The Struggle and Stigma of Narcolepsy Medications
As people with narcolepsy, most of us take some type of medication every day. They help us to live as close to “normal” as possible.
However, acquiring the medications we need to get by isn’t always as easy as it should be. It can also have a bigger impact on our lives than others might expect.
Accessing my medications was a problem
When I was first diagnosed with narcolepsy, I was shocked to find how highly regulated my new stimulant medication was. I'll admit it makes sense due to the nature of our meds (often with high abuse potential). Nevertheless, for a girl who found organisation next to impossible, accessing my medications was a frequent problem.
I’d often run out of meds, my script would have already expired, and it would take days to get a new one from the specialist. So I’d suffer with no medication until I got the script, only to find that the pharmacy had none in stock. Then I’d wait another couple of days before actually receiving it, and repeat that cycle every few months.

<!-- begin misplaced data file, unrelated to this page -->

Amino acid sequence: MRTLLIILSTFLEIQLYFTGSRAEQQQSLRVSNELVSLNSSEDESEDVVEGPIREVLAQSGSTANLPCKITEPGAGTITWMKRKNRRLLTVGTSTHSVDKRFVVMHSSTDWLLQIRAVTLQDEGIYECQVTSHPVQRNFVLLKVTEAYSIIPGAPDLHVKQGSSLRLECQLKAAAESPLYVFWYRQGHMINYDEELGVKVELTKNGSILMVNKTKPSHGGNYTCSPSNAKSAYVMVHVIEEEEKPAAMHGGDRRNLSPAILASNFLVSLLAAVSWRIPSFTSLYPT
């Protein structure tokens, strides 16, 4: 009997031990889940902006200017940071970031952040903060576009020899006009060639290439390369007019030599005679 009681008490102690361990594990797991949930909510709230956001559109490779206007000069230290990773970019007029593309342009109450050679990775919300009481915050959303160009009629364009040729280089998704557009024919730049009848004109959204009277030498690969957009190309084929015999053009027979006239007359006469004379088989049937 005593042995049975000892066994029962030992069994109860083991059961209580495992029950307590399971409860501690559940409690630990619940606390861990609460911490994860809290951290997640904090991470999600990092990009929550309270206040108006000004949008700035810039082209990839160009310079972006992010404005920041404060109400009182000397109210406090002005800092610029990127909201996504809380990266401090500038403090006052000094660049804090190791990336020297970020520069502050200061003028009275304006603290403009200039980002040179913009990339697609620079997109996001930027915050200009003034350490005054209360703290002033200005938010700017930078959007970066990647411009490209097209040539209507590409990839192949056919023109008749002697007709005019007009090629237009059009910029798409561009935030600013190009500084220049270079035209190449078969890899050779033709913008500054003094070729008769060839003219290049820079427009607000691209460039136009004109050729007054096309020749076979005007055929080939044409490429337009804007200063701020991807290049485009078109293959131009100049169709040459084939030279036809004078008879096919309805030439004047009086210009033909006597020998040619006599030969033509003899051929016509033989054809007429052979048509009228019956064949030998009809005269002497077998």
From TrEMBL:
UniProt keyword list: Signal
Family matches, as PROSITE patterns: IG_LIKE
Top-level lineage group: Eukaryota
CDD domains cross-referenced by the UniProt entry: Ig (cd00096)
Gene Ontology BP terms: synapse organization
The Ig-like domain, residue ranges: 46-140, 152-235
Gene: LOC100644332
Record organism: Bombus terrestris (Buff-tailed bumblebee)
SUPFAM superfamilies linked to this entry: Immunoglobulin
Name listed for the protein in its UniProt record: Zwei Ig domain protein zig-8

It was extremely frustrating because without that medication it was extremely hard for me to work. On top of this, the eternally groggy feeling often left me physically nauseous and emotionally drained.
New medication, new problems
A few years ago I decided to try a new medication. It immediately usurped my stimulants in terms of my regular pharmacy woes. The new medication worked amazingly for my symptoms, but it is not an “approved treatment” in Australia. My pharmacy has to have it ordered to Sydney specifically for me.
Because this complex process is not one that most pharmacists deal with on a regular basis (if ever!), I am expected to teach them what needs to be done and when. This, despite the fact that I have no clue how the system works either, and also have a neurological condition that makes organising even basic parts of my life a frequent struggle.
Throughout my first year on this medication, there was an issue almost every time I asked for a new order. The pharmacy would not order correctly, not alert me when my prescription or authority was due to expire, not inform me when my order came in, or not even know where it had been stored when I came to pick it up.
PTSD when going to the pharmacy